There was a bit of a debate at the Assembly’s Transport Committee on Wednesday about the nature of congestion charging. I made the point that, because the Congestion Charge exists to stimulate behavioural change it should ultimately trend to zero in its projected revenue. What struck me was that neither Val Shawcross or Jenny Jones could grasp this as a concept, which is illuminating as they are two of the most influential people on Livingstone’s transport thinking.
There is an old saying which states “one should never wear brown in town” meaning brown shoes are inappropriate business wear in the Square Mile.
|Never wear brown in town|
Imagine I wanted to enforce that tradition by creating a Brown Shoe Charge in The City, people wearing brown shoes would be charged every day that they entered, just like the Congestion Charge. Just like the congestion charge, this would be about stimulating behavioural change rather than a form of taxation.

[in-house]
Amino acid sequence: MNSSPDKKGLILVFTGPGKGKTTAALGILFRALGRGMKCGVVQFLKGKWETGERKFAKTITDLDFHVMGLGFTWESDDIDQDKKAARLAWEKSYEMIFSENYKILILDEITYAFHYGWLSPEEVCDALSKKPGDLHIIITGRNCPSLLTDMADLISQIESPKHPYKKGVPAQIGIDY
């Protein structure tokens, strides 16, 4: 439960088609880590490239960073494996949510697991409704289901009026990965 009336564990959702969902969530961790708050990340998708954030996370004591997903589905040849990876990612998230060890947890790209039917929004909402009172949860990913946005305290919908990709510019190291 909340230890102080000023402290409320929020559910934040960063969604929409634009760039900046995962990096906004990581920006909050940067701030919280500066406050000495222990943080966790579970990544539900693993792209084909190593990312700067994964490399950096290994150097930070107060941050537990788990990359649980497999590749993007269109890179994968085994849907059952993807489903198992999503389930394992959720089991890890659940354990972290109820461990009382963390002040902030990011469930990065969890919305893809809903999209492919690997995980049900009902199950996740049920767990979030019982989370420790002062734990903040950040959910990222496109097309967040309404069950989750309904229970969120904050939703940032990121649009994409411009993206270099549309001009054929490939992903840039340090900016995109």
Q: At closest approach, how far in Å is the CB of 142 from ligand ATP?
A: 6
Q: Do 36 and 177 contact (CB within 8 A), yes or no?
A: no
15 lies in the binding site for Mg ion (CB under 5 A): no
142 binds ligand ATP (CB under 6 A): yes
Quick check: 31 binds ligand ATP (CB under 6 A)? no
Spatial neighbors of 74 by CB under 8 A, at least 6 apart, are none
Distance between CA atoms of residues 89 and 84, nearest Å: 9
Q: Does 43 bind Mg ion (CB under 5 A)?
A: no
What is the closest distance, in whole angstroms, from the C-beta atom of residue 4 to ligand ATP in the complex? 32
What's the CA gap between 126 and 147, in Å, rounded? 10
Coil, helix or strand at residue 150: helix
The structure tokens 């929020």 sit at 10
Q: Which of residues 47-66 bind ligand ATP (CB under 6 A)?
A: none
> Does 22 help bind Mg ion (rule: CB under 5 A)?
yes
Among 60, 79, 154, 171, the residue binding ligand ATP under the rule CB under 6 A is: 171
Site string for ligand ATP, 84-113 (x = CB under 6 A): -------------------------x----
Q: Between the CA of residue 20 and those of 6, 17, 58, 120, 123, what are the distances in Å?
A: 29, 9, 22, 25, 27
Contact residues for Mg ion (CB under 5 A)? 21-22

I expect my plan to be 95% successful in changing people’s brown shoe wearing habits over a 5 year period. So if I get £1,000,000 of charge revenue in the first year I would expect only £50,000 of revenue by the end of year 5 and only £2,500 after another 5 years. My budget would trend towards zero.
If my revenue doesn’t fall it could only because my scheme isn’t working and I would need to think of a different way of getting people to wear black shoes to work.
Why is it those on the left struggle to understand this concept when I talk about vehicles rather than shoes?